This is something that I has been bothering me for a while. At the beginning of this year, I began a true crime and horror podcast and as part of that I have tried to stay in the loop about crime news. This is also the year Toronto had a record-breaking number of homicides, and we still have a month left to go. Toronto had previously been considered one of the safest metropolitan cities in Canada. So what’s changing? Well, the cost of living.
Before I get into my theories, I want to preface them by saying that none of these ideas are new. Activists fighting against poverty have been discussing these ideas for decades. These are just ideas that I have been grappling with ever since I made the transition from a middle-class child to a low income adult. This transition has forced me to acknowledge the privilege I was brought up in that helped formulate old ideas of what caused poverty and how to get out of it.
Now, living in Toronto has been expensive for a long time, so what’s the difference now? Well the cost of living hasn’t just been getting higher, it’s been increasing at a troubling rate. Landlords have been illegally evicting tenants stating they need to do renovations or have a family member move in. Then once the tenant is gone, the unit gets relisted at a much higher rate. Now even the tiniest apartment is being rented at an exorbitant price.
Even though rent has been increasing, wages are not rising at the same rate. While the Liberal government added a steep increase to the minimum wage recently, the newly elected PC government has decided to freeze the minimum wage again until 2020. While businesses think that the wages are rising too quickly, Toronto’s living wage has been calculated to actually be $21.75. This means that even though the unemployment rate has increased lately, working adults are still living in poverty. In fact over 600 000 people in Toronto are living below the poverty line.
Crime has been linked to poverty for a long time. And it makes a lot of sense: Living in poverty has a lot of consequences.
For those working minimum wage, that means that they have to work more than 40 hours a week in order to survive, often without access to health benefits. This can lead to chronic health issues and no resources to deal with them. When you combine that with the fact that racialized people are most likely to be low-income and the racism that they face in healthcare leaving them without treatment, they are often left to find their own solutions.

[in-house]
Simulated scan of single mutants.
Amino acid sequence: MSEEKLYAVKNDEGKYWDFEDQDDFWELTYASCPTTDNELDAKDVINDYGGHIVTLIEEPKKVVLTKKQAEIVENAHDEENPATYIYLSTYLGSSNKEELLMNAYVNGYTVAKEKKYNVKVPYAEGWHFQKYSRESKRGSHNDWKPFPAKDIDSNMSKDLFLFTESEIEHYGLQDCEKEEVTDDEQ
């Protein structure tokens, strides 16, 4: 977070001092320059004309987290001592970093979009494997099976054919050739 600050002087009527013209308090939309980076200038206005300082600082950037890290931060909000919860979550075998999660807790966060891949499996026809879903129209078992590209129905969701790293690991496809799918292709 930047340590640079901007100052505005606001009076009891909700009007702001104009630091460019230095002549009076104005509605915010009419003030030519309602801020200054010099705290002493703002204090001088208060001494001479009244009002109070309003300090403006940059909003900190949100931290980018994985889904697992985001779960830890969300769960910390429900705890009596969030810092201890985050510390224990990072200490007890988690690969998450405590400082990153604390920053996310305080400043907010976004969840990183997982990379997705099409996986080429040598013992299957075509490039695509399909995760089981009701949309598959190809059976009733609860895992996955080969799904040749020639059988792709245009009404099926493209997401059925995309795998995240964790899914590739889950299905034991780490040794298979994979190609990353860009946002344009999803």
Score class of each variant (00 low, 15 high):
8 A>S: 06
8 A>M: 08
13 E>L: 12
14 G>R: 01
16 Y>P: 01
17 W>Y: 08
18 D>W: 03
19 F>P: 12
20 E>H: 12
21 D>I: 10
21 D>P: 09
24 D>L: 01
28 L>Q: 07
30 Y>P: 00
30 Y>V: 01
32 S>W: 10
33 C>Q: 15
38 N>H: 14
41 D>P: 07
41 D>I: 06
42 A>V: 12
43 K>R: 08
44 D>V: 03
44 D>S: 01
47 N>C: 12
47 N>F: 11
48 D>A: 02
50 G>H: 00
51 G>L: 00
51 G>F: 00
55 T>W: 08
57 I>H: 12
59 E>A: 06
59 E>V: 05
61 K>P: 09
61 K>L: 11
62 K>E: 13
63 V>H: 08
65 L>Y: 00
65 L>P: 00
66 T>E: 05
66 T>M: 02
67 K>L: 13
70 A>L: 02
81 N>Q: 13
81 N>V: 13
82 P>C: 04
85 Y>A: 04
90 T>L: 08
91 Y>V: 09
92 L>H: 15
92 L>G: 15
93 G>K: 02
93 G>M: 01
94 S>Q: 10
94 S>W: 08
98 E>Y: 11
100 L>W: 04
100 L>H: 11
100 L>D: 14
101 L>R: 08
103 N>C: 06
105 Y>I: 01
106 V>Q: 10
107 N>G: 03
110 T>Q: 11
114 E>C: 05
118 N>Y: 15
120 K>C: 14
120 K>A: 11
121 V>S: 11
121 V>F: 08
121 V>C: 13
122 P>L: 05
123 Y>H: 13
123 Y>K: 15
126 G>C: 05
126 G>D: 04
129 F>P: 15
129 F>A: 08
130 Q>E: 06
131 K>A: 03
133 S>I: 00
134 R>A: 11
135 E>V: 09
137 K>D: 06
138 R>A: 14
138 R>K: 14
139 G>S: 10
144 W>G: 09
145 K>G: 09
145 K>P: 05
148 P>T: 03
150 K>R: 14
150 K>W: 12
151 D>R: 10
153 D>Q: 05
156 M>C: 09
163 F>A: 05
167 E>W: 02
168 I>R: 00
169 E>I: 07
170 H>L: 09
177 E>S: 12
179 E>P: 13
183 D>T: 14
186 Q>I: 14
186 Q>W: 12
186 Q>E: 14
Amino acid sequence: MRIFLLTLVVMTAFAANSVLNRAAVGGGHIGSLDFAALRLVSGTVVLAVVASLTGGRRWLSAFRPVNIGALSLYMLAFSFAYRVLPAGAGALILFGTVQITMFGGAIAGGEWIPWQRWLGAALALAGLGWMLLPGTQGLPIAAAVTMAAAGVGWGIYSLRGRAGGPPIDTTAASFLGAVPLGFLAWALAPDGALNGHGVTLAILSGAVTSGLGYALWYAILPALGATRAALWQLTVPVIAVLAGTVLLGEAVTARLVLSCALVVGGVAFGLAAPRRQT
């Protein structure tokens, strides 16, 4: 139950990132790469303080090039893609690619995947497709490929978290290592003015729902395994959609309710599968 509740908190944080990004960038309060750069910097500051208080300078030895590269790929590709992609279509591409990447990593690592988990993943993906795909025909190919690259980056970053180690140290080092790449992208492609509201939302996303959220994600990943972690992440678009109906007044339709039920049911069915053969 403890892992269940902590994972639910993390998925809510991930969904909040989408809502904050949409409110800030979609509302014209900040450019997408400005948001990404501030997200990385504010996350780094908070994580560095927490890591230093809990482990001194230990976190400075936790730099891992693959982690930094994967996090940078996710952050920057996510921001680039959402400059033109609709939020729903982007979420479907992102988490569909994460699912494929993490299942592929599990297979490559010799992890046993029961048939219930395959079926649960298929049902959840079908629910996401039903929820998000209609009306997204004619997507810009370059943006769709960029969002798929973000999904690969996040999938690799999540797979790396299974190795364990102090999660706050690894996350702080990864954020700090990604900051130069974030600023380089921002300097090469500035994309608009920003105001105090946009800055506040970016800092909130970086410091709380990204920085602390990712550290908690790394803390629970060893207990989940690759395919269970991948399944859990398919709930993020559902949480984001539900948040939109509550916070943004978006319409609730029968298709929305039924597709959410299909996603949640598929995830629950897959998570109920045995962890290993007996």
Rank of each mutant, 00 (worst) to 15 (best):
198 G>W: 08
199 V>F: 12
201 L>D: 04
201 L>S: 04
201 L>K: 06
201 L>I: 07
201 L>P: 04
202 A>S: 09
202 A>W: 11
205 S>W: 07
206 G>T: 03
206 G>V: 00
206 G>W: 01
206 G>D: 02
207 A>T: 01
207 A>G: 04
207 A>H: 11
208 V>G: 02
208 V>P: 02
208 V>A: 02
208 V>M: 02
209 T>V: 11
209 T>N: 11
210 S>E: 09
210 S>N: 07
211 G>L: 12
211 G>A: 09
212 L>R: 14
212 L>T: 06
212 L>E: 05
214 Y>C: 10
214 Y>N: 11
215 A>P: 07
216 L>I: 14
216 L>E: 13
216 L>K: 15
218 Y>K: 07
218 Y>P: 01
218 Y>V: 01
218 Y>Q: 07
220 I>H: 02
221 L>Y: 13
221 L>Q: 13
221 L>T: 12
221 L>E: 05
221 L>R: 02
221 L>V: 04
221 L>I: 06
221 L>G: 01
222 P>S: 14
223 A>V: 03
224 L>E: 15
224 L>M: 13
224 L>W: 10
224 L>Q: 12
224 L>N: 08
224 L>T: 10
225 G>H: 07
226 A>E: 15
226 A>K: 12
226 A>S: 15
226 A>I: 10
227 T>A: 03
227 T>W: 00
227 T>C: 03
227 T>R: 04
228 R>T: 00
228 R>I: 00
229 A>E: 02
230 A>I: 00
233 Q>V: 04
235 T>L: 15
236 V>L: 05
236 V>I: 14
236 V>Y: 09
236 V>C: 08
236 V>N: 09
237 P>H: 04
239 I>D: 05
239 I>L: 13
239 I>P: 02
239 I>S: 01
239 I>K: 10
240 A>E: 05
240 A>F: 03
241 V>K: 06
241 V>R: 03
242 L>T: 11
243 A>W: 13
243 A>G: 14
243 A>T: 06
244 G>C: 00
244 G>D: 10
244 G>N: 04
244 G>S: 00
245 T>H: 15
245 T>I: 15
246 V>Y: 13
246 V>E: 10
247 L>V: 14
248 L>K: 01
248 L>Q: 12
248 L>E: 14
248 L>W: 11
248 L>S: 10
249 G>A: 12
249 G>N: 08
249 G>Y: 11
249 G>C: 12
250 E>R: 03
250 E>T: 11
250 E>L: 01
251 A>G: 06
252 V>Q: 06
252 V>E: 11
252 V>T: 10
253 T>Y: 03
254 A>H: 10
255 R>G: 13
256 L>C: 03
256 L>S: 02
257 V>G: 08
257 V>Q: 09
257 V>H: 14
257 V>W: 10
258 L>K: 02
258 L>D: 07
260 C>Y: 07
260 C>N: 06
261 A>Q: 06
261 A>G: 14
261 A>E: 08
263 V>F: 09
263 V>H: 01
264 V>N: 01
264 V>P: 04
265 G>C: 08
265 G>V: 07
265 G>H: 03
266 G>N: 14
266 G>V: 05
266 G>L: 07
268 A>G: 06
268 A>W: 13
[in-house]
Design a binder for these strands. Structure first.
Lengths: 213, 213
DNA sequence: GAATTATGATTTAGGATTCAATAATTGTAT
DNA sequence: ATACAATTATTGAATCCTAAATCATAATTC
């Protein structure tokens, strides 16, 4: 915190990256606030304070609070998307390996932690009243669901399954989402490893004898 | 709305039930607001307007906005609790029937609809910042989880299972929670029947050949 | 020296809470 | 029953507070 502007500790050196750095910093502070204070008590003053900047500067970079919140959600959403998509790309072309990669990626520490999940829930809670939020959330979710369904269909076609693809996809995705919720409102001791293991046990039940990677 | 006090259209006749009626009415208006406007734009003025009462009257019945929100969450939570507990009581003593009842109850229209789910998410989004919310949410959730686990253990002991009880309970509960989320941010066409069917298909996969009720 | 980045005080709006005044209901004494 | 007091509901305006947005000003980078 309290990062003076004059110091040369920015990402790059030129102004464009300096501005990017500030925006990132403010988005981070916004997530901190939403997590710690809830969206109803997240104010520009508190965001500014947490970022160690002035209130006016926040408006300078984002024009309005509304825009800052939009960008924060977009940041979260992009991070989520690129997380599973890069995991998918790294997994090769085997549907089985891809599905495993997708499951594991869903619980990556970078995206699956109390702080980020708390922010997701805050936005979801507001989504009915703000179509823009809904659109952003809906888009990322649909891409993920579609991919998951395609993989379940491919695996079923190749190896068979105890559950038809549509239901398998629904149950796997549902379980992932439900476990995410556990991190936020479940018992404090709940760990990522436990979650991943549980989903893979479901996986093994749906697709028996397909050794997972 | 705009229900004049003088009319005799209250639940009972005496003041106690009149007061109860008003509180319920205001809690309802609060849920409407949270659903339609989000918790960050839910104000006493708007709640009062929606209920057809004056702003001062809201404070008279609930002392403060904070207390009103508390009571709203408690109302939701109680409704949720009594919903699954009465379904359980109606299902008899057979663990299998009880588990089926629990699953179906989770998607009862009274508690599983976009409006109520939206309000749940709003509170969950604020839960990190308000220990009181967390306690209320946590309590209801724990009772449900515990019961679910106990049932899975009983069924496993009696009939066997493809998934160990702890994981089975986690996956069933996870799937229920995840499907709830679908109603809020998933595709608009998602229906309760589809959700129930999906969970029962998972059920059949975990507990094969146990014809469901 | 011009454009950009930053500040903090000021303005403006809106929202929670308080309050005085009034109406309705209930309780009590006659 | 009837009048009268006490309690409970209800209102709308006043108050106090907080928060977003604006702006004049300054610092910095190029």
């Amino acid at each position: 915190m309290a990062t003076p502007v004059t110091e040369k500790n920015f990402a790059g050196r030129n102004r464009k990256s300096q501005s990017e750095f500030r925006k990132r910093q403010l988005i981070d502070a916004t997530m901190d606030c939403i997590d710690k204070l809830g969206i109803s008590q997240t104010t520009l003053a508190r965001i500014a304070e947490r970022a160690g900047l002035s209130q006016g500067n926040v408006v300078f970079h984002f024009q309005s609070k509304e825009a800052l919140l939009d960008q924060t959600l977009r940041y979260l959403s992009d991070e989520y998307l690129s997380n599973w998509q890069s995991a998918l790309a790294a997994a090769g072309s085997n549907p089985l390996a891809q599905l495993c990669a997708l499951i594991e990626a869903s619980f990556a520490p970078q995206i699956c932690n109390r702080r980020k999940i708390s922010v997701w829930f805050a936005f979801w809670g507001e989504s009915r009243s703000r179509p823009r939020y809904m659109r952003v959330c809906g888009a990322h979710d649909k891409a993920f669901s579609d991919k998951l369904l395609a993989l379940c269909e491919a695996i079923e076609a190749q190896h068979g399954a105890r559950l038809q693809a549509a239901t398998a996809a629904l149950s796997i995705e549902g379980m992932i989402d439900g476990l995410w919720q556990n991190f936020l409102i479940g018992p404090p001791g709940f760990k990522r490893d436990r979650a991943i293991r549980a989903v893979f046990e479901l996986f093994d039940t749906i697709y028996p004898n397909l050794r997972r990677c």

And with the opioid crisis looming, physicians are putting even more restrictions on medications which in turn fuels the illegal drug market. People who are in pain still need treatment, especially if they have to continue to work full time.
On top of that, for many people, even with minimum wages, they still don’t have enough to cover their basic living expenses. It would make sense that these vulnerable people would look to less legal means, if their government isn’t going to protect them. The rise in homicides this year has been linked to gang-related shootings, according to Statistics Canada.
Knowing all of these things, a rise in crime has been a long time coming. The only way to curb the violence the city is facing is not through increased policing like Mayor Tory has suggested, but by facing the poverty that over 20% of the city is facing. With the recent rent control reforms and the freezing of the minimum wage, we are likely to see only higher rates of crime. If nothing is done about housing costs and low wages, things are only going to get worse.